#5. One Gay Dad's Path Towards Realizing Being Gay and Christian are Not Mutually Exclusive

Gay dads Matt and David Clark-Sally talk about coming out, parenting as gay men, and reconciling faith and sexuality. Read the article here.

#6. Republican Utah Lawmaker, and Dad of Two, Comes Out as Gay in Moving Video

Nathan Ivie has many important identities he's proud of: Mormon, Republican, Utahn, father of two... and gay. Read the article here.

#7. How Coming Out Helped This Gay Man Find the Strength to Be a Dad

Steven Kerr shares the moment he came out to his ex-girlfriend. "From that moment on," he writes, "my strength and purpose have grown." Read the article here.

#8. Ed Smart, Father of Kidnapping Victim Elizabeth Smart, Comes Out as Gay

In coming his coming out letter, Ed Smart, a Mormon, condemned the church for their "ridicule, shunning, rejection and outright humiliation" of LGBTQ individuals. Read the article here.

#9. The Best Part of Coming Out, Says This Gay Dad, Is Being an Out and Proud Role Model for His Daughter

"I couldn't face myself in the mirror and think that I could be a good dad and role model for my child when I was lying to myself every moment of every day," said Nate Wormington of his decision to come out. Read the article here.

#10. These Gay Dads Via Previous Marriages Have Adopted a Motto Since Coming Out and Finding Each Other: "United We Stand"

Vincent and Richard both had children in previous marriages with women; together, with their ex-wives, they are helping raise seven beautiful kids. Read the article here.

Change the World

Single Gay Man Adopts Girl Passed Over by 20 Previous Families

Luca Trapanese, a gay dad from Naples, Italy, adopted a baby with Down syndrome who had been rejected twenty times previously

Luca Trapanese, a single 41-year-old gay man from Naples, Italy, had always wanted to become a dad. But in Italy, it was only legal for married heterosexual couples to adopt until 2017. Even then, he was told that he'd only be able to adopt a "hard to place" child, with mental or physical challenges.

"They told me that they would only give me sick children, with severe disabilities, or with behavioral problems," he told the BBC in an interview. "I was absolutely ok with that."

And that's how Alba, a little girl with Down syndrome, came into his life. Abandoned at birth, she had been passed over by 20 separate families before Luca was approached about providing her a home. Luca, who has worked and volunteered with people with disabilities from a young age, readily agreed.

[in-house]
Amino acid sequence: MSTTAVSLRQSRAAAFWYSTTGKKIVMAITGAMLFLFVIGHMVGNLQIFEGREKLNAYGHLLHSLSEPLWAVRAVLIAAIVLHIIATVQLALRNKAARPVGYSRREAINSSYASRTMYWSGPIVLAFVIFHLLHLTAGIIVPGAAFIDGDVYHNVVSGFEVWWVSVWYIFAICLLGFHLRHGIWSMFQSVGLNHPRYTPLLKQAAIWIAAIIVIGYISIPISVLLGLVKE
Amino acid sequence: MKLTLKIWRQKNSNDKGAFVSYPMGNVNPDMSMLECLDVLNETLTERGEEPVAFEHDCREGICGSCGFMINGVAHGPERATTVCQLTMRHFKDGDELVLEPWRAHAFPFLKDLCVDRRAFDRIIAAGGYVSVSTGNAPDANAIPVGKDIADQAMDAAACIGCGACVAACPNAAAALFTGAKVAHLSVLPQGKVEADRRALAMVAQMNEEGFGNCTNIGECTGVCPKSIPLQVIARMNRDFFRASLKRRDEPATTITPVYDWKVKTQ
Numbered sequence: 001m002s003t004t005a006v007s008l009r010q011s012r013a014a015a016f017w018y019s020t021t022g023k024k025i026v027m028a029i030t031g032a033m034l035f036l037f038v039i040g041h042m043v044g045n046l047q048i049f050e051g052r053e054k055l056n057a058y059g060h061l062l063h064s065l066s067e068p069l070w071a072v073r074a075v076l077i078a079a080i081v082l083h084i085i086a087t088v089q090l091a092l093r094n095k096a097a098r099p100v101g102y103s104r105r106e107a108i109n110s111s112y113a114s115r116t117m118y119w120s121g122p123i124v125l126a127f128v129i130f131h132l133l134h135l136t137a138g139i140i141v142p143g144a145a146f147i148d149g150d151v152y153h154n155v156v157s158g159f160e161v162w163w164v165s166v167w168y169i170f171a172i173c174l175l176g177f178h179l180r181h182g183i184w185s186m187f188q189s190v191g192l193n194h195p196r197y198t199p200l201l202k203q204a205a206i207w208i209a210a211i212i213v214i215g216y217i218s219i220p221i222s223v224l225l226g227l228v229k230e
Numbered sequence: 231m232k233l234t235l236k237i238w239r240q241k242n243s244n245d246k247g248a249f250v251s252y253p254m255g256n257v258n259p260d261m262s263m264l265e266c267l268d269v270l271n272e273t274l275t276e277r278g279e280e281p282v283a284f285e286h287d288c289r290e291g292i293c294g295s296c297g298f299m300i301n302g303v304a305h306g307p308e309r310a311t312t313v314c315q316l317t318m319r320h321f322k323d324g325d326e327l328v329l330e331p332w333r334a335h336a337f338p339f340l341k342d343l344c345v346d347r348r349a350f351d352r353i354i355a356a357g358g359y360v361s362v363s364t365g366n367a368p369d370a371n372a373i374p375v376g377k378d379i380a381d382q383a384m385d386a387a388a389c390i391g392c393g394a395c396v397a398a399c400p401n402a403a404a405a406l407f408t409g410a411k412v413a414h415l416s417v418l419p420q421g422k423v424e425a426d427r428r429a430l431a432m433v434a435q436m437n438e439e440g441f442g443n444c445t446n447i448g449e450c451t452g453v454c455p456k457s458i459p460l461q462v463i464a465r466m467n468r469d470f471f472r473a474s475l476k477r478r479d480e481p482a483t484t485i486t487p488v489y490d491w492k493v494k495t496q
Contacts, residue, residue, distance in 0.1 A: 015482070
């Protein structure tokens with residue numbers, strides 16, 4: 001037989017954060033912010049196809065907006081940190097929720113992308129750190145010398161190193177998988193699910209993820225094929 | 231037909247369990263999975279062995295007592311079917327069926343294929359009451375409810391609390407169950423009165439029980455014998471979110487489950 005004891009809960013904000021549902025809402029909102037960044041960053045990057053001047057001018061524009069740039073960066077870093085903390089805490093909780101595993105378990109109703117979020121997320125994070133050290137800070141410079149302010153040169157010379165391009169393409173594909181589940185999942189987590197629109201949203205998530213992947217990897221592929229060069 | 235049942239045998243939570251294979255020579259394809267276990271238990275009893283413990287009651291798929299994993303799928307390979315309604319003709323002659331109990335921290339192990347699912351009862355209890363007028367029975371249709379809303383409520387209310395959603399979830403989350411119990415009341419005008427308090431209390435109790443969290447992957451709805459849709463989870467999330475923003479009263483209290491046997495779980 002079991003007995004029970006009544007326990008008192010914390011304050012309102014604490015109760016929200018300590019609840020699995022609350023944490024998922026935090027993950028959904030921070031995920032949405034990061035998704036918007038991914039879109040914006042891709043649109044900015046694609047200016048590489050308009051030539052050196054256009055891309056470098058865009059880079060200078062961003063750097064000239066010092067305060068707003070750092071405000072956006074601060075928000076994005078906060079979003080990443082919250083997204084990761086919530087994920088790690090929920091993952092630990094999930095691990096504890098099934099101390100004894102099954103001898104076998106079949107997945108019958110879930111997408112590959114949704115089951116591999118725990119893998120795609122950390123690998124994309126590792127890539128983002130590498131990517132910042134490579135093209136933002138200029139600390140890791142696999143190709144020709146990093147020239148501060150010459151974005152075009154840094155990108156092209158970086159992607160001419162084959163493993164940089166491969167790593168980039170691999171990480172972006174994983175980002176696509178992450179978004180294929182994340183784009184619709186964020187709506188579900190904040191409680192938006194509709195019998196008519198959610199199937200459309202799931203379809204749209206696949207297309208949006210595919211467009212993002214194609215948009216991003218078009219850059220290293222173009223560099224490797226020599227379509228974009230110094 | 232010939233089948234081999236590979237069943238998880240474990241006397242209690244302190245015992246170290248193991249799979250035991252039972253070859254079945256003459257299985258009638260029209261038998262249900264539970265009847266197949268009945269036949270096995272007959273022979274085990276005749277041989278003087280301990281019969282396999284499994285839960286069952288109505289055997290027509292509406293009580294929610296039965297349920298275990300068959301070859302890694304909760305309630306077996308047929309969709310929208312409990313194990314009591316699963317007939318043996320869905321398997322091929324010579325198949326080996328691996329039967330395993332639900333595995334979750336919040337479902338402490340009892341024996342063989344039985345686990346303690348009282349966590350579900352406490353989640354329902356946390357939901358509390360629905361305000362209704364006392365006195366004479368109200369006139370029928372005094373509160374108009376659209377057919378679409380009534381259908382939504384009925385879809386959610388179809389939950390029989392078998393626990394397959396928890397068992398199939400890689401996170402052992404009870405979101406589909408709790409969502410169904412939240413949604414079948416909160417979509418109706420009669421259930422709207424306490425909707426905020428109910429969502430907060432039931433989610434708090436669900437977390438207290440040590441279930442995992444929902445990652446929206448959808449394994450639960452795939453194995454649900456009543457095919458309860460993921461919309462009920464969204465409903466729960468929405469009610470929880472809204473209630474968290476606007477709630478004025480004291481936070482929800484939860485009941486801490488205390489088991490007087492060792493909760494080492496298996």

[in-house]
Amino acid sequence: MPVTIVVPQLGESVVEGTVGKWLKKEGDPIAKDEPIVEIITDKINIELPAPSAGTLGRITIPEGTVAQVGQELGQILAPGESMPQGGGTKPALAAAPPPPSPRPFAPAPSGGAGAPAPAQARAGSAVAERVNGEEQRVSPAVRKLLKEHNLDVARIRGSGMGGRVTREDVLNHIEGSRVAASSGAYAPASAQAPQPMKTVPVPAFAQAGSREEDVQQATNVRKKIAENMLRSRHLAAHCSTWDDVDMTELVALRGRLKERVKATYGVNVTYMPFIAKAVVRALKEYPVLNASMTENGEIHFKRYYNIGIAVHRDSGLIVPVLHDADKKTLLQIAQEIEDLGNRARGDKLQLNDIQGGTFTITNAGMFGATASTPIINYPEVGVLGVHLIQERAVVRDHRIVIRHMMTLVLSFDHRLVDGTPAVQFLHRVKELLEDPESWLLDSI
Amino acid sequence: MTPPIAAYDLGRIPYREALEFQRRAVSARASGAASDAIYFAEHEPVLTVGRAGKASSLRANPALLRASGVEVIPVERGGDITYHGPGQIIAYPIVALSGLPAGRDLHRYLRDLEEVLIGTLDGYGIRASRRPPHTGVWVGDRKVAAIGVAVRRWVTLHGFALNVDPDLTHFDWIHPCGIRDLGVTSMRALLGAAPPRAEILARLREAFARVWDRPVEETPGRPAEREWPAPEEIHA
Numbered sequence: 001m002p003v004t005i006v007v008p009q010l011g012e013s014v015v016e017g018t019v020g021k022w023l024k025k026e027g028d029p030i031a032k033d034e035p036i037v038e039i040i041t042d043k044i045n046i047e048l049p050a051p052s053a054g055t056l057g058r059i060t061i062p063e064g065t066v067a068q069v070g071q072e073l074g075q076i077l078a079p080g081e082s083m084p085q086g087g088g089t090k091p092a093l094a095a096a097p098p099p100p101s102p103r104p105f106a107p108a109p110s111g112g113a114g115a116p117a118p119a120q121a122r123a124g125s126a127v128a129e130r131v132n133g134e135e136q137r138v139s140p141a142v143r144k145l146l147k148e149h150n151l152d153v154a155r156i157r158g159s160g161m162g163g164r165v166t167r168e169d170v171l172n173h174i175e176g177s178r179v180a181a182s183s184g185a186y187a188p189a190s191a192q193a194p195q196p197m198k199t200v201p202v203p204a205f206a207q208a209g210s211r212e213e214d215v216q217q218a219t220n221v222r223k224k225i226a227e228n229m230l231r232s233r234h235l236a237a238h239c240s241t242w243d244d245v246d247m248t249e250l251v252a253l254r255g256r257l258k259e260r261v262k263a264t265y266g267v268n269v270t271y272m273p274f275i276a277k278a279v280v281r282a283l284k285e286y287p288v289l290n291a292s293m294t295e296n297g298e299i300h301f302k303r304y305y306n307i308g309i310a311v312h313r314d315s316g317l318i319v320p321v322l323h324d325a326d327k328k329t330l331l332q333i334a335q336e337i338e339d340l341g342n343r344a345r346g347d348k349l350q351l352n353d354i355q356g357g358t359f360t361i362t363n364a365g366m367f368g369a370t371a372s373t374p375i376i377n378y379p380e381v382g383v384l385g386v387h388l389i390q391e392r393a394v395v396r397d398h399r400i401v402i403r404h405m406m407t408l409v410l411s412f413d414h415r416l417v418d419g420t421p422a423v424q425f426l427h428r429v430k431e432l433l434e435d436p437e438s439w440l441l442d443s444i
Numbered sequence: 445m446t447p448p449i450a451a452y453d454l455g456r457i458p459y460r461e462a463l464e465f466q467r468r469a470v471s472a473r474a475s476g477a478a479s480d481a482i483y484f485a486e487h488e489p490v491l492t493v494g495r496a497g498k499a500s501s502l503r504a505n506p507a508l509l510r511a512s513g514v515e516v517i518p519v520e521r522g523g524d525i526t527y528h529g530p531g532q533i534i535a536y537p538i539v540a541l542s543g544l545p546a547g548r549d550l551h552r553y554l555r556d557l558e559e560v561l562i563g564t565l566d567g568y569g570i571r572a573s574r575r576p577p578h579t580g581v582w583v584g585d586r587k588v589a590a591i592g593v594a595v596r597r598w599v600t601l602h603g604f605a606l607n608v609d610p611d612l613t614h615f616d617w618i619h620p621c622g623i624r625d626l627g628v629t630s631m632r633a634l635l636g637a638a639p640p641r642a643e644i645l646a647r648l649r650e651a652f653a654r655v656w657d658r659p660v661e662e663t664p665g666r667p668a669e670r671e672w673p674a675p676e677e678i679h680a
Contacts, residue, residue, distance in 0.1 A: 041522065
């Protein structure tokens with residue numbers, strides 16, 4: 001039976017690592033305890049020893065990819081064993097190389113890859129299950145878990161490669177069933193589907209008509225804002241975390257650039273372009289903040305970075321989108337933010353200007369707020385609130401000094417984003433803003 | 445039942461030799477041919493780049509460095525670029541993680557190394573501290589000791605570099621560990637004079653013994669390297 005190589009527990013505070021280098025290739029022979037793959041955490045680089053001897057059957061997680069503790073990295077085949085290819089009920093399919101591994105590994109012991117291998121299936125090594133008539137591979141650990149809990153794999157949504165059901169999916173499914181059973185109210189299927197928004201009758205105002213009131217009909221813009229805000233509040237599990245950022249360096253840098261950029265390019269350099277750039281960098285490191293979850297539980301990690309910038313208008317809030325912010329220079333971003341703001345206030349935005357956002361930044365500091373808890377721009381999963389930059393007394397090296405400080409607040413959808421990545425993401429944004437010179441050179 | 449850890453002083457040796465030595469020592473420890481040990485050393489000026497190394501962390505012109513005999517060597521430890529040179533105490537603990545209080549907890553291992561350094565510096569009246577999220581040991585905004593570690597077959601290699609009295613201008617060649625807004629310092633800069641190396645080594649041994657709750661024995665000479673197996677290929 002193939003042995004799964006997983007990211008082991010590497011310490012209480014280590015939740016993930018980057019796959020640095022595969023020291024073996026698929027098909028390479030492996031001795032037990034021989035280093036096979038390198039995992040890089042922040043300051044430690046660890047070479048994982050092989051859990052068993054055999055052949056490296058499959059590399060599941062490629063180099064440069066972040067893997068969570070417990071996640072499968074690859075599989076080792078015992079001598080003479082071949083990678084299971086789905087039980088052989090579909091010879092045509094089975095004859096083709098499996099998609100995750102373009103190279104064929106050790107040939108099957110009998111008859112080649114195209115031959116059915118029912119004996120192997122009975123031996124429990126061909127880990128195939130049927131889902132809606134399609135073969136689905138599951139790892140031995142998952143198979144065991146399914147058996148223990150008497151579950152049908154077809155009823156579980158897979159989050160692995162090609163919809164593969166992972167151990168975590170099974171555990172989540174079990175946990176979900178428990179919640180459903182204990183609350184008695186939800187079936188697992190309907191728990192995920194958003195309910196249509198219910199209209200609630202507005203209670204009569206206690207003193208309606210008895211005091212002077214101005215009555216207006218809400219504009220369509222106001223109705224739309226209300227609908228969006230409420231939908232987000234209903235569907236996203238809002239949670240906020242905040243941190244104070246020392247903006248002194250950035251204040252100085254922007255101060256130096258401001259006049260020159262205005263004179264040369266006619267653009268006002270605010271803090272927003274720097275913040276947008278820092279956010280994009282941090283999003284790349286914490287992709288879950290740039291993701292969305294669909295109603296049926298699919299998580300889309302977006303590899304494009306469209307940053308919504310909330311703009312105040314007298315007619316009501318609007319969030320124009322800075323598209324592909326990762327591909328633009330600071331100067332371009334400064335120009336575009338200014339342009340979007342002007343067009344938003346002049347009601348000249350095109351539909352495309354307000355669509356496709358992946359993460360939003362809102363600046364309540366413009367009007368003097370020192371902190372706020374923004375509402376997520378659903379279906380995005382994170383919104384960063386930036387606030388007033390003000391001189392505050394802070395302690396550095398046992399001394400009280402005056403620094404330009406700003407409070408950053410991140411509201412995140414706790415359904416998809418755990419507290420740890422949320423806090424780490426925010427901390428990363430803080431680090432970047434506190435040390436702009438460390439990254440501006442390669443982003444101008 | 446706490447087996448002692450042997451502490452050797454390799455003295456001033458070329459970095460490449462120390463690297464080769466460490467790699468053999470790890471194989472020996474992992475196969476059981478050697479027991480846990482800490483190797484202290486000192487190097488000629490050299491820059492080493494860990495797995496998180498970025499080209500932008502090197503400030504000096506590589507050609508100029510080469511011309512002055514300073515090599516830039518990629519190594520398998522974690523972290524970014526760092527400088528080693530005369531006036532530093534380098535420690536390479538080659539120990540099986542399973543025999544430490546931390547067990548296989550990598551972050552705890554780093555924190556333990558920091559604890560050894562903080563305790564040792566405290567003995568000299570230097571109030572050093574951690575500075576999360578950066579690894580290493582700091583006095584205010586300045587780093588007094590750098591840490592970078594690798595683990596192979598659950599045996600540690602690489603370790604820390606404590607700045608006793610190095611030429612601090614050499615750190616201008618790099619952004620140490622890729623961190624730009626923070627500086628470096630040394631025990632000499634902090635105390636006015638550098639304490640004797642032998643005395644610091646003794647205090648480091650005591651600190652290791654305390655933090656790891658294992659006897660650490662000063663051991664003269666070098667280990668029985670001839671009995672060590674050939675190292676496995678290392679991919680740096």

"I'm proud to be her father," Luca said. "Alba was never a second option because she had a disability. I wanted her to be my daughter."

Listen to the entire interview here.

Personal Essays by Gay Dads

Growing a Thicker Skin

Experiencing hateful and hurtful comments, Erik Alexander had to learn an important lesson: how to ignore the trolls.

Photo credit: BSA Photography

Twenty years ago when I came out, it was unbearably hard. As I have written before, I am from the Deep South. Anyone who dared to deviate from social norms was sure to be ostracized. It's not that these people were born hateful or mean; rather, it probably had more to do with them not being subjected to other lifestyles. Anything different from their own experiences sparked fear and confusion. Homosexuality, interracial relationships, religious differences – these were all unfamiliar territories to the average person I grew up around. Thus, growing up was particularly difficult.

I remember lying in bed at night when I was a little boy. I would pray and beg God to not let me be gay. Every single night I would end my prayers with "... and God, please don't let me have nightmares and please don't let me be gay." I remember crying myself to sleep many nights. I was embarrassed and ashamed. And I wanted God to cure me.

Keep reading... Show less
Gay Dad Life

8 Ways for Dads to Find Work/Life Balance

Finding work/life balance is hard enough... but can be even harder for gay dads.

Having kids is an amazing part of life, and it should be fun. Life does tend to get in the way sometimes, and one huge aspect of that is work. Striking that balance between work and home life is tough. If you both work it's even harder.

And if you're a gay couple, it can have it's own set of problems above and beyond the standard work-life issues that people face. Recently, the Harvard Business Review conducted a study that focused specifically on the experiences of same-sex couples who wanted to make moves towards a work/life balance.

Keep reading... Show less
Gay Dad Family Stories

These Adoptive Dads Gained an Extended Family Through Foster Care

Adoptive dads Edward and Andrew have maintained a close relationship with their twins' biological family.

Celebrating gay, bi and trans fatherhood is what we do on Gays With Kids. We rejoice in whatever paths our community took to become parents. But many of those journeys come with heartbreak, sometimes for the intended parents, and sometimes for the biological family from whom the adoption or foster placement occurs. With an open adoption, the adoptive and biological families come to an arrangement which best benefits the child, and that's when something truly beautiful can occur. This isn't always possible in every scenario, but when it does, we're exceedingly thankful. Can a child ever have too many family members loving them? Not likely. This was husbands of five years Edward and Andrew Senn's experience.

Keep reading... Show less
Gay Dad Photo Essays

Gay Dads + Kids = MAJOR Family Halloween Costumes

All October long, we'll be posting pics of gay dads and their major Halloween costumes from previous years for inspiration! We'll ALSO let you know where to get the looks!

We've said it before and we'll say it again — NO ONE does Halloween (aka queer Christmas) better than the gays. So if you're in need of some inspiration for this year's family costume, look no further! We selected 31 of our favorites off Instagram from last year, one for each spooky day of October, to help get your creative juices flowing.

We can't wait to see what creepy, creative and/or cute costumes dads have up their sleeves (or maybe capes?) this year!

Keep reading... Show less

Fatherhood, the gay way

Get the latest from Gays With Kids delivered to your inbox!

Follow Gays With Kids

Powered by RebelMouse